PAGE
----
Pupils in Finchley, north London, recently received a very special visit from a group of land and human rights defenders who travelled from Colombia to speak to the students about the importance of environmental protection.
Known locally in Colombia as The Guardians of Atrato River, Alba Achito, a female indigenous leader, Fausto Palacios, a youth coordinator and advisor, and lawyer Vianney Enrique Moya Rua, visited Finchley Catholic High to spend the day with the pupils.
During their visit, which coincided with the school's International Day, the Guardians spoke about their experiences of protecting, defending and preserving their land - especially the local Atrato River.
Chocó in Colombia, where the Atrato River is located, is one of the most biodiverse regions in the world, but as a result of illegal mining activities and the armed conflict, the land is being destroyed.
In a landmark ruling in 2017, Colombia's Constitutional Court recognised the Atrato River as itself having rights - to "protection, conservation, maintenance and restoration" - yet, two years later, many community members trying to protect the river and the surrounding lands from pollution and destruction still face discrimination and threats of violence.
The three Colombian visitors spoke to Finchley Catholic High pupils about the daily dangers faced by many Afro-Colombian and indigenous communities living locally to the river as they try to protect the environment.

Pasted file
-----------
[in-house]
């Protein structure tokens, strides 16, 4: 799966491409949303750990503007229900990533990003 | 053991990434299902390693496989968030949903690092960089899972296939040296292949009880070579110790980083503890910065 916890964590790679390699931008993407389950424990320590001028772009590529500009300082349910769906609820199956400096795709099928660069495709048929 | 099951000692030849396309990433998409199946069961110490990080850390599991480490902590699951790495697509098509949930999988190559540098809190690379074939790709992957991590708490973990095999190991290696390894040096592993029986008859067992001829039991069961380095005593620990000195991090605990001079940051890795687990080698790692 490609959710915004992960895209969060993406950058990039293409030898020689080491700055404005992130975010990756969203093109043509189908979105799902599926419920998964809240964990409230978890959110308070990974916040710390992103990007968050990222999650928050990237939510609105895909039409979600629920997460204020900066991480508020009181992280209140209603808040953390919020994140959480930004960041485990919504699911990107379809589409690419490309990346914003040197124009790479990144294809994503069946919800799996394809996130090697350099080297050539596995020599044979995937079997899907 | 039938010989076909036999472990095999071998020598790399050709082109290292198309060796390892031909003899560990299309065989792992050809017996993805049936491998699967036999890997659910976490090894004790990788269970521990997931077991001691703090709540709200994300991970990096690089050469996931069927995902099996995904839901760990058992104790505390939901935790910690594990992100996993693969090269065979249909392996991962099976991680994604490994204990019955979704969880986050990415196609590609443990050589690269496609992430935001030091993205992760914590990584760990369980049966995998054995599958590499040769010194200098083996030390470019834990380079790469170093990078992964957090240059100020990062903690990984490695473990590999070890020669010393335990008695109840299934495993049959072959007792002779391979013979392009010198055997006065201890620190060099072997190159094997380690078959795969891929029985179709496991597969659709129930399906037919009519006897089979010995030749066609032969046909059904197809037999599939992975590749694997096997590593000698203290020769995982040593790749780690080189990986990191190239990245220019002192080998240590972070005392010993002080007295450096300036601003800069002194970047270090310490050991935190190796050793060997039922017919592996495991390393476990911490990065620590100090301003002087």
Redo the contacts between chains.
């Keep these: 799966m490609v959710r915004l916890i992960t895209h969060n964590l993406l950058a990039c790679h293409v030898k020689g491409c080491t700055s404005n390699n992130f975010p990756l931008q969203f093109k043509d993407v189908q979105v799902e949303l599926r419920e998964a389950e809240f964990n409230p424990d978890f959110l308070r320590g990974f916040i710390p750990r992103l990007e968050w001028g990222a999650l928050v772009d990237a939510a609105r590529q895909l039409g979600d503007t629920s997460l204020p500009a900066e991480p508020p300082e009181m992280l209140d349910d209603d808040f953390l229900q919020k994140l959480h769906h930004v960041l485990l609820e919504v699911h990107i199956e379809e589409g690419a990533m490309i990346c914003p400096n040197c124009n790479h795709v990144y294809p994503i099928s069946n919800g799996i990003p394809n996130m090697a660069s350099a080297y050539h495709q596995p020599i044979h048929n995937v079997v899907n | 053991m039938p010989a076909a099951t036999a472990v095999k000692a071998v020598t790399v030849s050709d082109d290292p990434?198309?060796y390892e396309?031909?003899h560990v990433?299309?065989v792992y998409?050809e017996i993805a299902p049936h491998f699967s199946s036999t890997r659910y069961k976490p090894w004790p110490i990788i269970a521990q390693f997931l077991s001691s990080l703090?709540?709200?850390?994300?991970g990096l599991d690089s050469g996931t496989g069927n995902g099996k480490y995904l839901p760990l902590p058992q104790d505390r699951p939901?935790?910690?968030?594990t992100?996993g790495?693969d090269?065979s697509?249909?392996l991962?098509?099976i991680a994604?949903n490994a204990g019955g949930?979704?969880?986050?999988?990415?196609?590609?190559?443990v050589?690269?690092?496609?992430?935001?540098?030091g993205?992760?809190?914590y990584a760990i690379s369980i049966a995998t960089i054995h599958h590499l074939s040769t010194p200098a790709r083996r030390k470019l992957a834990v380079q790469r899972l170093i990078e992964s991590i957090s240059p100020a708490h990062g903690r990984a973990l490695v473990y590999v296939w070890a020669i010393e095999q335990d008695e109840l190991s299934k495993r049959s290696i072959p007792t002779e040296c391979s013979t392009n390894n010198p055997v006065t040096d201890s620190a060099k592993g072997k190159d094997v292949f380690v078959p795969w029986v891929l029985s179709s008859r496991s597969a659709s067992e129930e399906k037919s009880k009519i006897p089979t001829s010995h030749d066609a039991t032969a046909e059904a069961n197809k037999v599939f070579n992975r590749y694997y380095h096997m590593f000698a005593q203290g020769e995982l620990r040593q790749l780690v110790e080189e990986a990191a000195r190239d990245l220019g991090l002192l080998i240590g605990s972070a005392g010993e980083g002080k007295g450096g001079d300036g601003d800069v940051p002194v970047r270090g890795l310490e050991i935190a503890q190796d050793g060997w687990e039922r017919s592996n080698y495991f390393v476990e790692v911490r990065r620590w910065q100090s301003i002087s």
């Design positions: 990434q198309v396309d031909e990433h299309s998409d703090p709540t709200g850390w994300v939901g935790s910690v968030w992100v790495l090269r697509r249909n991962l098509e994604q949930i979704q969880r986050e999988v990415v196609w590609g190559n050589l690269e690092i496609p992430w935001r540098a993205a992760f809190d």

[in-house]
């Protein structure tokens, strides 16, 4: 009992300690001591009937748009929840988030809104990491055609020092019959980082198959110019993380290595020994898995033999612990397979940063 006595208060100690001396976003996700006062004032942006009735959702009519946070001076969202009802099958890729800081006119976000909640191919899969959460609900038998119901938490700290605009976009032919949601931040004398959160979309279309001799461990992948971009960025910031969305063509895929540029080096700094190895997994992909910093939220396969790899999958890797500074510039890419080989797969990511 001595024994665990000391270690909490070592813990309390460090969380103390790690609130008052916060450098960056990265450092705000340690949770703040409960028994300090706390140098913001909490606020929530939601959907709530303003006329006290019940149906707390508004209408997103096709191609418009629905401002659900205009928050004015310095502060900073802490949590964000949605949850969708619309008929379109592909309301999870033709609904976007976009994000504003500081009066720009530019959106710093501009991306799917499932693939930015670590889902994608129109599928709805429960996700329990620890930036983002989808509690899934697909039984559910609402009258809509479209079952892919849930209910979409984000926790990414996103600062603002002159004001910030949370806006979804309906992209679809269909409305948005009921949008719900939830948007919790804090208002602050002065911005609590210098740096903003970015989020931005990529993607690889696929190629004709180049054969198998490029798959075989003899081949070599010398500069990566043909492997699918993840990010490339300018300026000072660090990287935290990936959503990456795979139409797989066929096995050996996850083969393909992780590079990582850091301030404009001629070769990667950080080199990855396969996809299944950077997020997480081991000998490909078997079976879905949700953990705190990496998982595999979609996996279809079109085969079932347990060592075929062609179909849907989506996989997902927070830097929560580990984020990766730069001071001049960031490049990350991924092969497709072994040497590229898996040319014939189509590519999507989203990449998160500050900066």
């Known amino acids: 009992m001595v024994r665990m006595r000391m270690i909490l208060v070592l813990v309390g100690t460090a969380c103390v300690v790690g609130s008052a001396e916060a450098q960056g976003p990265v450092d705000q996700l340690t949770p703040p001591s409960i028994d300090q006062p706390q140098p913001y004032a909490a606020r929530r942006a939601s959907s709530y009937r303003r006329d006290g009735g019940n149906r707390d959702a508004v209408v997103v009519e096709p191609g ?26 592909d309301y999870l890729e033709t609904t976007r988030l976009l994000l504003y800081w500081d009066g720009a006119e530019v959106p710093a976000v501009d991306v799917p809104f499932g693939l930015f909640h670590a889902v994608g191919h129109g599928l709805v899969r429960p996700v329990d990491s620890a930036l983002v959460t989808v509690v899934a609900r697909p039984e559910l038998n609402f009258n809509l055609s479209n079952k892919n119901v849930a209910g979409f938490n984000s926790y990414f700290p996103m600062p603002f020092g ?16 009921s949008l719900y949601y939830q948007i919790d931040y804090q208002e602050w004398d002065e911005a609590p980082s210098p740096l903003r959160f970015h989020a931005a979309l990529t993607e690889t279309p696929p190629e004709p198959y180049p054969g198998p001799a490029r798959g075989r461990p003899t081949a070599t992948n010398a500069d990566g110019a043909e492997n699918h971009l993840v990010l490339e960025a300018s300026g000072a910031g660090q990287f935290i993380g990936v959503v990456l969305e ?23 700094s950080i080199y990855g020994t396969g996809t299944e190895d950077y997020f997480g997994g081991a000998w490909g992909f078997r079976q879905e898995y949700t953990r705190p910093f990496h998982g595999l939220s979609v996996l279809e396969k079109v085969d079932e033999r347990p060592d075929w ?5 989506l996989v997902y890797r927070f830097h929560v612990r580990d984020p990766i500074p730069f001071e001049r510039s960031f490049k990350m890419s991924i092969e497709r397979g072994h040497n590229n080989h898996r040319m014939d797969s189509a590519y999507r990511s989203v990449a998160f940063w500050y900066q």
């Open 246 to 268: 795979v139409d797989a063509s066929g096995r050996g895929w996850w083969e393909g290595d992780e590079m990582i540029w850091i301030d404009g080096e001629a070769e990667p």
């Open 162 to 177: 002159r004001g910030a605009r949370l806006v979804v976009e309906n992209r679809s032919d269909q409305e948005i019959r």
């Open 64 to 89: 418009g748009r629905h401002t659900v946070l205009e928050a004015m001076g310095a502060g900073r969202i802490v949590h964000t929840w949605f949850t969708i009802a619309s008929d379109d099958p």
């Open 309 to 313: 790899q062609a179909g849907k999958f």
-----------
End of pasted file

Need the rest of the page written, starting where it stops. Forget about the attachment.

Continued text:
They were also given a tour of the school by three Spanish language students who were able to help with translation and later joined students for their 'International Lunch'.
Gerrard Crosby, Assistant Head Teacher and Director of the Sixth Form at the school, said:"I felt extremely privileged to have the Guardians of the Atrato River visit our school. Whilst we take for granted our home, our environment, our safety, these people have barriers forced upon them, whereas our environmental issues are self-inflicted.
"Human rights is a priority for all of us and in our country and they are an expectation, so to see these people actively defending their rights was inspirational. I felt like it was a renewed call to social responsibility.
"The Guardians enabled me to see charitable work in action and the attachment of people to the land; it empowered me to spread the word, to continue to support and we will do all we can as a school community to support such causes".
CAFOD has worked in Colombia for over 50 years and is currently working alongside the community that protects the Atrato River to make sure their voices are heard.
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